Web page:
Tetsuzan Nagata

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Tetsuzan Nagata (1885-1935) was a Imperial Japanese Army officer, influential in the development of military-dominated politics before World War II. In 1921, while military attache, he was one of the Three Crows, or the core of the military modernization movement, attaches who met in Germany.

Born to a doctor who was able to recommend him for the Military Academy, he was second in his class, and graduated from the Staff College with highest honors in 1911. In 1920, he was given open-ended leave "to travel in Europe." Hideki Tojo was his protege and friend.[1]

In 1926, he became the first Mobilization Chief of the Development Bureau of the War Ministry in 1926. After holding posts such as Chief of the Army Affairs Section of the Military Affairs Bureau and Chief of the Second Department of the General Staff Office, he became the Director of the Military Affairs Bureau in 1934.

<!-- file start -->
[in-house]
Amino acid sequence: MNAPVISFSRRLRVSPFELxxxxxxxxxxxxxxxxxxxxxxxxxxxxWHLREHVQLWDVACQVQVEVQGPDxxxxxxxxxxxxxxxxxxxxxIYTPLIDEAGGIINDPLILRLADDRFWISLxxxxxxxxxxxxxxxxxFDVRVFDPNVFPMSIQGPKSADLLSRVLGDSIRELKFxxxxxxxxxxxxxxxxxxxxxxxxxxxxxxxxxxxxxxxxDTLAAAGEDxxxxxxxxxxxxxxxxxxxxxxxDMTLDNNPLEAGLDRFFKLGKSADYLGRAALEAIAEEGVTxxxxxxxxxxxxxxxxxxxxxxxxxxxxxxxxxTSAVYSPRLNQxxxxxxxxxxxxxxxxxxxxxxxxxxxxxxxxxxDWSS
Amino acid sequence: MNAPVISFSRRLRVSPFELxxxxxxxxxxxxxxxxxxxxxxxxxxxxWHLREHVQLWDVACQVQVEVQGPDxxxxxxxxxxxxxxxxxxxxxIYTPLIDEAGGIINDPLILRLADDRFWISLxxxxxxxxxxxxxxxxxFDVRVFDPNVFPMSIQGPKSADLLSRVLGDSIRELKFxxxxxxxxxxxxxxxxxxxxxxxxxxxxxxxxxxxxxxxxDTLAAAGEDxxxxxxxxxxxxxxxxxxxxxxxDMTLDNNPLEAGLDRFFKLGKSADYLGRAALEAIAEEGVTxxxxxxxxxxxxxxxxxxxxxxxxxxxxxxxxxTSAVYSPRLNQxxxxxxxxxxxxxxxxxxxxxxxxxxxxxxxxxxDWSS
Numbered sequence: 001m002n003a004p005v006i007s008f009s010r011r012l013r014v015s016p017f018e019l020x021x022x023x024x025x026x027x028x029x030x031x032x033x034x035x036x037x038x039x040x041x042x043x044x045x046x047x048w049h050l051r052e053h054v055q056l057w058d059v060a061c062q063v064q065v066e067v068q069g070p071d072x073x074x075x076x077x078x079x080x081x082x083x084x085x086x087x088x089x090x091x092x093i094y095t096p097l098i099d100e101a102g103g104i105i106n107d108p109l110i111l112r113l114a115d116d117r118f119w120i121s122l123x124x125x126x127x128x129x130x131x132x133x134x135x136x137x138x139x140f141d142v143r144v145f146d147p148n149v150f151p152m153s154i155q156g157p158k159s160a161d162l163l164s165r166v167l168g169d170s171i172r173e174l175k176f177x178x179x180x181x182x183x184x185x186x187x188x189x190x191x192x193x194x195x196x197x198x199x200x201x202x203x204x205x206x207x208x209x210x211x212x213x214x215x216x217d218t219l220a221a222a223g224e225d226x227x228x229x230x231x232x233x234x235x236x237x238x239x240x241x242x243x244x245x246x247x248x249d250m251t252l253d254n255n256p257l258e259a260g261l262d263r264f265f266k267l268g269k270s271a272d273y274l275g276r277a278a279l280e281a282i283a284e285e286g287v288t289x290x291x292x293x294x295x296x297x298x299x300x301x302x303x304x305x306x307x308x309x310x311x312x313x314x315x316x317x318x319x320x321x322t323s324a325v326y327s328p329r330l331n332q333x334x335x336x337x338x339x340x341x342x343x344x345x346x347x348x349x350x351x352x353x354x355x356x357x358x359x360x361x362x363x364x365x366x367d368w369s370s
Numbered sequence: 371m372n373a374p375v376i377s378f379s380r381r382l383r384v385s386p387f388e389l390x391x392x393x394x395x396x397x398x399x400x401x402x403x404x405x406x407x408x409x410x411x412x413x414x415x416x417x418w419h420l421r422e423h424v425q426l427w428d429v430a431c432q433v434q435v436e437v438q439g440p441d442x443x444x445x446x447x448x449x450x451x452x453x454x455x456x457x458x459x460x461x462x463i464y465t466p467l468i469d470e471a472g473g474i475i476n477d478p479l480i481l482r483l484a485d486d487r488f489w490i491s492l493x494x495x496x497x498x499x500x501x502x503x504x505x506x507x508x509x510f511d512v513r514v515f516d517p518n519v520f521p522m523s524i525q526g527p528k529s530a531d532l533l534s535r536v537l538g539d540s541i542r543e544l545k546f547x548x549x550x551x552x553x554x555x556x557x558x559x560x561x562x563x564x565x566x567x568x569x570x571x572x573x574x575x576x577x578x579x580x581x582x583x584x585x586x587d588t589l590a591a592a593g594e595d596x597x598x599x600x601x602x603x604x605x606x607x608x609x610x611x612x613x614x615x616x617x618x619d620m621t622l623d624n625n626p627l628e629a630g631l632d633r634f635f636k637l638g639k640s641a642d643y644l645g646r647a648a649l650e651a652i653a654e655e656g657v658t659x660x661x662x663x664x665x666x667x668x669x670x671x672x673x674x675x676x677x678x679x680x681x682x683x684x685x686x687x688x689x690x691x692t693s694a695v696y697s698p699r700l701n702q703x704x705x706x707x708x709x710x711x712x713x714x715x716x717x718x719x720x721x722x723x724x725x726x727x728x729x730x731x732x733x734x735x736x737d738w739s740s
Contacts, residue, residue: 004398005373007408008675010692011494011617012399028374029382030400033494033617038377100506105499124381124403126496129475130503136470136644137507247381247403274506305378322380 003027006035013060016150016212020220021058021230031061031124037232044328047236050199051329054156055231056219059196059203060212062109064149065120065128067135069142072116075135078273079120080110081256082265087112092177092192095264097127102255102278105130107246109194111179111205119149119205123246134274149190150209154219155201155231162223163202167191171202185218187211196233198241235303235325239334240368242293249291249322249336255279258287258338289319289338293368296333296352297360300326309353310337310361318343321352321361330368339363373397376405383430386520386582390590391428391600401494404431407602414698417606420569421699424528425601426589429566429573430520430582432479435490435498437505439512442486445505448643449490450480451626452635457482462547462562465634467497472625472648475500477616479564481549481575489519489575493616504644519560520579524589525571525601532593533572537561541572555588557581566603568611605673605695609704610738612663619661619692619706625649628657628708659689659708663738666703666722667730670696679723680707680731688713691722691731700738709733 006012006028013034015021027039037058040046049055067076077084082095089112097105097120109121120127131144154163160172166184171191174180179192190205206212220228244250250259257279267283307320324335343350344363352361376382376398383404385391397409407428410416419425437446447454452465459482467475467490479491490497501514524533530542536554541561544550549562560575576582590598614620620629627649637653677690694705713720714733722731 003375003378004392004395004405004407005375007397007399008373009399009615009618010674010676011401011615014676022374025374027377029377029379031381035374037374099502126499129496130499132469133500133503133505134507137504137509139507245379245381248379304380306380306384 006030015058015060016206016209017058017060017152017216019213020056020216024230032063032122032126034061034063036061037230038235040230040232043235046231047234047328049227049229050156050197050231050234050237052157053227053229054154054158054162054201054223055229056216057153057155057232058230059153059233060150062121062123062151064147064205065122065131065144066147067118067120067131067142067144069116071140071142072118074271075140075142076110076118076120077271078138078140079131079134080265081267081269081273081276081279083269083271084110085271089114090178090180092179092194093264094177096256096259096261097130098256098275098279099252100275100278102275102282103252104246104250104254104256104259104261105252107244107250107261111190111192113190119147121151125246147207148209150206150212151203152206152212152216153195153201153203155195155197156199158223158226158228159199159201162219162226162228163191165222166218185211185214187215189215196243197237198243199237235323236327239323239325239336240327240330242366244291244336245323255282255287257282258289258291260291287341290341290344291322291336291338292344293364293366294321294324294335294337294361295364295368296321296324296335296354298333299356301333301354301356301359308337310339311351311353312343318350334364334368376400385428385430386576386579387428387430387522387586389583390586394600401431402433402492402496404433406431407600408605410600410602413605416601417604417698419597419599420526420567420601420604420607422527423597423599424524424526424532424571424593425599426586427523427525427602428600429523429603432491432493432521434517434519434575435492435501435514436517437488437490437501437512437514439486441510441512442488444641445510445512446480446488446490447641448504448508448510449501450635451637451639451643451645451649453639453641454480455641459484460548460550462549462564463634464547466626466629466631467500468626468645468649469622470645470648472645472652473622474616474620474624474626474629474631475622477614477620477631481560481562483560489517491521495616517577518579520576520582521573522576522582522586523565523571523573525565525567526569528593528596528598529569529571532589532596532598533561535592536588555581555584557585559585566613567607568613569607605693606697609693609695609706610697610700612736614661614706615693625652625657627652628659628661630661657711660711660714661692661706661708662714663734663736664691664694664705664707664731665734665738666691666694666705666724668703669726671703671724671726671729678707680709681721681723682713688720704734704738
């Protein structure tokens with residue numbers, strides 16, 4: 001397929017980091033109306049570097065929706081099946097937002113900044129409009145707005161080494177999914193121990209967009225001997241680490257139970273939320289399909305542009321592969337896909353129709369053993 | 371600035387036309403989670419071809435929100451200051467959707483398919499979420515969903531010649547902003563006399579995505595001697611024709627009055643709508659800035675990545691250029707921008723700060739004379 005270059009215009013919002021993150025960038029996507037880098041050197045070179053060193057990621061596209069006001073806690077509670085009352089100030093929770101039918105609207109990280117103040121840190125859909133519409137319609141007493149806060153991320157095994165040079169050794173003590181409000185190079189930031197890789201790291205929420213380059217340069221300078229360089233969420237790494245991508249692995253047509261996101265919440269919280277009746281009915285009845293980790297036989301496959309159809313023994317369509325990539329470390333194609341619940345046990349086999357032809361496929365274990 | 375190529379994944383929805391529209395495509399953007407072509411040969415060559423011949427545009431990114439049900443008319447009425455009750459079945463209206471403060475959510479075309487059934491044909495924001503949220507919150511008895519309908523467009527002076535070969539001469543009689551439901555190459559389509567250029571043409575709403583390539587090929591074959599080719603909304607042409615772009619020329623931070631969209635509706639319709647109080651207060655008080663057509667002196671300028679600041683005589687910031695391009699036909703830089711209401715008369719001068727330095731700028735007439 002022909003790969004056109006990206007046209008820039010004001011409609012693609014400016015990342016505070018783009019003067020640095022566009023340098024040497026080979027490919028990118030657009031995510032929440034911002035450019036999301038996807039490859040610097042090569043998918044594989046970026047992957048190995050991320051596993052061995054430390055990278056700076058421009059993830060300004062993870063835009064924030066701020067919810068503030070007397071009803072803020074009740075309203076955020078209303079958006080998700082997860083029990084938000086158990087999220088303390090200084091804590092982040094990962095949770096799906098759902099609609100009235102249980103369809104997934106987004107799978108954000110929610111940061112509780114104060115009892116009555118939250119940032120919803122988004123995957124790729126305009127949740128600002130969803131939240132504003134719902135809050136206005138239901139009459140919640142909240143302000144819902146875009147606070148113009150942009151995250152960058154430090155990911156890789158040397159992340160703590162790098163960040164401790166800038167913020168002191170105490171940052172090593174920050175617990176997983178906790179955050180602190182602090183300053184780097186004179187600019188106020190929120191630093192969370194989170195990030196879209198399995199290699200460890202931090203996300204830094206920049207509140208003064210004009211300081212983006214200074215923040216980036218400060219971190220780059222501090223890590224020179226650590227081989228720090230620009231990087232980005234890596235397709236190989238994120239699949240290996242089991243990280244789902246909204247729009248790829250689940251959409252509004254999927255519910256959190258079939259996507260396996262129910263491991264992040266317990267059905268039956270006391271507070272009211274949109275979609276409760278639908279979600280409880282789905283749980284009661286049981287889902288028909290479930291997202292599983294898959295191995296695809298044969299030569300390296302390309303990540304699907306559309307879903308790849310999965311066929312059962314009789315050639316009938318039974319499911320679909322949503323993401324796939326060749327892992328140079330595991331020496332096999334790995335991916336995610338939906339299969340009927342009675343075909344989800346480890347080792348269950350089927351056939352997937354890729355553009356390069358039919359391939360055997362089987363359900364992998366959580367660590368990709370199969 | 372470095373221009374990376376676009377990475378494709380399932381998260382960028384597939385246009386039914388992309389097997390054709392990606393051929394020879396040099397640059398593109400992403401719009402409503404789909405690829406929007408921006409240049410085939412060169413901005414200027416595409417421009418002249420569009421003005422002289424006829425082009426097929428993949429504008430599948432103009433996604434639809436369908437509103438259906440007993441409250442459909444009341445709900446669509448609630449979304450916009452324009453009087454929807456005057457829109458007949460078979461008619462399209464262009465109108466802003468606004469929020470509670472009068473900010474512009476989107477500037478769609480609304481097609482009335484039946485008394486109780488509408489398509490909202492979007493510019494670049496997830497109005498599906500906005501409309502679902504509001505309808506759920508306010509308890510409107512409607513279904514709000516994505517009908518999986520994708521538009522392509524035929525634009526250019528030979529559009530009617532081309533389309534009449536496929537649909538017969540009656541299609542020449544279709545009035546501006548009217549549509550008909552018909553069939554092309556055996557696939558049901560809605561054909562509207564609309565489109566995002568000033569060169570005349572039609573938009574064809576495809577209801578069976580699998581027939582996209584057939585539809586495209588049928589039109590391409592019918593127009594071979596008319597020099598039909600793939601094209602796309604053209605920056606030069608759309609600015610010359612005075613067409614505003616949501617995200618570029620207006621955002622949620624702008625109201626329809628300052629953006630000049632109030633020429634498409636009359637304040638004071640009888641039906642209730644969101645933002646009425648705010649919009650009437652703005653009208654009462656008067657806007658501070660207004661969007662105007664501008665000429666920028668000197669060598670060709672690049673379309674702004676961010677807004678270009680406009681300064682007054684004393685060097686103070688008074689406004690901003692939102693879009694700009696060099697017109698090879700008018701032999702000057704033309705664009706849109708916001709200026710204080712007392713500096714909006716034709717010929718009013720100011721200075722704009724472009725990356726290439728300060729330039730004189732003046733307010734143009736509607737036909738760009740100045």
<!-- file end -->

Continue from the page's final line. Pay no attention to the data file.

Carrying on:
When he took the powerful Military Affairs Bureau, he had become the central figure of the Toseiha (Control faction). Lieutenant Colonel Saburo Aizawa of the Kodoha (Imperial Way faction) assassinated him in 1935. Sterling and Peggy Seagrave wrote that Aizawa encountered Gen. Tomoyuki Yamashita just afterwards, Yamashita shook his hand and said "thank you."[2]


  1. David Bergamini (1971), Japan's Imperial Conspiracy, Morrow, pp. 325-326
  2. Sterling Seagrave and Peggy Seagrave (1999), The Yamato Dynasty: the secret history of Japan's imperial family, Broadway Books, ISBN 07677904066, p. 155